What is one thing that separates the average person in Network Marketing from the superstars? Most people think that superstars are these silver-tongued professionals who have an answer for everything, can deliver the facts with passion, and inspire people with their incredible knowledge and wisdom. But they’re wrong. The thing that differentiates the superstars from the average is their ability to ask questions.
Questions are the key. Rather than telling someone all the facts and reasons for why what you have is great, it’s much better to ask questions. Ask them if they’ve ever thought about becoming an entrepreneur, if they’ve tried in the past, or if they want to make a better living. When you ask questions, you can collaborate, build rapport, and build trust. Then, when the time comes, you can lead them to an opportunity that might be a fit for them. But only after you ask some questions.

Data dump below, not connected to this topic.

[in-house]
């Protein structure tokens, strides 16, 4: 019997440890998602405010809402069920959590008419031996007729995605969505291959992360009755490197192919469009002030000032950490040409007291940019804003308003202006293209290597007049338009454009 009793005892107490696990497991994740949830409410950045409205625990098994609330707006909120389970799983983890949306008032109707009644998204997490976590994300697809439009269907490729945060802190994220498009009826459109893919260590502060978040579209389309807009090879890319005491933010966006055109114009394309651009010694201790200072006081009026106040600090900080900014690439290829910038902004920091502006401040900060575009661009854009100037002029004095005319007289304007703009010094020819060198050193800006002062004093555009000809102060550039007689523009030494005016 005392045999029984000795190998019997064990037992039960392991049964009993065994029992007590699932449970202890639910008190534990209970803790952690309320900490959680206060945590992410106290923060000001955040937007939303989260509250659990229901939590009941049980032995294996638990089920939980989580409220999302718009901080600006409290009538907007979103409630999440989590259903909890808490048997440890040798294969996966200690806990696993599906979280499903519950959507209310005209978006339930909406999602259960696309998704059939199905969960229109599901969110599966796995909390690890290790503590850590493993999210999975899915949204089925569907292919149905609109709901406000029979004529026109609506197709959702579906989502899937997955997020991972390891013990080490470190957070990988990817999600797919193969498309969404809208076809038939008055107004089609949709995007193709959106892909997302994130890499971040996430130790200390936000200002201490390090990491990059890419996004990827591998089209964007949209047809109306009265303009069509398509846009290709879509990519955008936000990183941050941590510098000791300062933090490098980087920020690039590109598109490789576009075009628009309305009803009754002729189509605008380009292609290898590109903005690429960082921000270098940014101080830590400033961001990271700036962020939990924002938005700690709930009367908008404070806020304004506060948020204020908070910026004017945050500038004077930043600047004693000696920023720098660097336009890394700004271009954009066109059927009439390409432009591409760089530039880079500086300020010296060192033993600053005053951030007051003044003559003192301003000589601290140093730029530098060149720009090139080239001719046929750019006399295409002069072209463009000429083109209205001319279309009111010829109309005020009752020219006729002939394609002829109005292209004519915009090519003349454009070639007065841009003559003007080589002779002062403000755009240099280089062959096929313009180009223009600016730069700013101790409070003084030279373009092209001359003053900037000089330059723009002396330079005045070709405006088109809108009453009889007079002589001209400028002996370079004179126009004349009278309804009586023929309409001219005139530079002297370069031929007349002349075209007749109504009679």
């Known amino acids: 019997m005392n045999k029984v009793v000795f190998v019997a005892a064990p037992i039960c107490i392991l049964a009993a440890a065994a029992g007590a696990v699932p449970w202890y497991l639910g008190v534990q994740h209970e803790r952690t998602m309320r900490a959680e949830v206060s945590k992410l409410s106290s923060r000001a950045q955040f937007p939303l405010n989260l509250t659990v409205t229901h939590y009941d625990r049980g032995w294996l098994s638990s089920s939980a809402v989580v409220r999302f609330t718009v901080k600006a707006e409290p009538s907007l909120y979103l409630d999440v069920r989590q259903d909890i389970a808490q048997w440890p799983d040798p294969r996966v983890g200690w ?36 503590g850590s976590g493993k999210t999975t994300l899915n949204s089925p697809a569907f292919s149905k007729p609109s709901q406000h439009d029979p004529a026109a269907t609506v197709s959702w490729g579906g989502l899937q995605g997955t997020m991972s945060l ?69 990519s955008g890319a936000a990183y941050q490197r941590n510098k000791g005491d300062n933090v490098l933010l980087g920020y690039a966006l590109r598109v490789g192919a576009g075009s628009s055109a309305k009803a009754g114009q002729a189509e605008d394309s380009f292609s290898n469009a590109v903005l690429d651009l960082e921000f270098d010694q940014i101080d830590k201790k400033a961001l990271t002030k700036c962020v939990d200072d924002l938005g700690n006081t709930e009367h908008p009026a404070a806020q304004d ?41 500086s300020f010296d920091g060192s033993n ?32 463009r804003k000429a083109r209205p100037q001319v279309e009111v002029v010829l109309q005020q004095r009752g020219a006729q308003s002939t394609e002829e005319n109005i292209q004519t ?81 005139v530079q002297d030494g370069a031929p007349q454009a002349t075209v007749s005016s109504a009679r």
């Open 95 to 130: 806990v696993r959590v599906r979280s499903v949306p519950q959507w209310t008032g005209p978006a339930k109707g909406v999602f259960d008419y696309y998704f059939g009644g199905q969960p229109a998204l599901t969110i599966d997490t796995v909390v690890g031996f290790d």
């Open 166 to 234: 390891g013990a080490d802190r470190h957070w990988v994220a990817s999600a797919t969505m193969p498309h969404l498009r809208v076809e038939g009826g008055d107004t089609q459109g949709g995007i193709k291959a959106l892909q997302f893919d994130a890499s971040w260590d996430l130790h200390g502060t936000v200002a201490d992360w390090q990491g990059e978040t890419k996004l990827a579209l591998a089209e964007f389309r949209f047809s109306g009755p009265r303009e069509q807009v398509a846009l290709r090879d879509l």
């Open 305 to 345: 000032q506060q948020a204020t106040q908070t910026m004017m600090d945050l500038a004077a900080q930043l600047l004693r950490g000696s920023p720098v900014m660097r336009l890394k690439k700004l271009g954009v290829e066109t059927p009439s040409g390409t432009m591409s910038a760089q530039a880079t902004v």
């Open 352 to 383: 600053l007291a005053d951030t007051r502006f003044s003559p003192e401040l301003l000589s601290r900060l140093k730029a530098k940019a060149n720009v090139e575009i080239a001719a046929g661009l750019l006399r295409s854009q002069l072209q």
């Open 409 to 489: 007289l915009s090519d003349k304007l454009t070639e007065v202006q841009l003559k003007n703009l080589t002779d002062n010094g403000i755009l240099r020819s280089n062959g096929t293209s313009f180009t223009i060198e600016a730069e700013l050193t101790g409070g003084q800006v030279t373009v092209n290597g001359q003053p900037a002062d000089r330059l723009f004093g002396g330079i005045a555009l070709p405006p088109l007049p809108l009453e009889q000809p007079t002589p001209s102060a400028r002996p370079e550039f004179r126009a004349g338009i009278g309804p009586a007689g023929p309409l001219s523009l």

What amateurs do every single day is immediately start telling their prospects all the facts about the comp plan, the company, the product, the opportunity, etc. The professionals ask questions, and then they lead those people to the answers.
So, get better at asking questions. Get better at being curious about someone else’s situation. Be more interested in their experiences, life, journey, and thought process than trying to have all the answers. If you ask questions, you don’t have to be an expert. That’s what makes this work so well. When you ask questions, you can find out what’s in someone else’s mind, and you can collaborate and act almost like a consultant to guide them to a solution to their need.
After you’ve done all of that, then you can ask the best question in all of Network Marketing: If I, would you? If I could show you how to solve that problem, would you take a look? People don’t care about the facts. Pay more attention to asking questions and guiding people as a consultant, friend, colleague, and someone who could lead them to a solution. That’s what differentiates superstars from the average. So, walk away from average and ask more questions.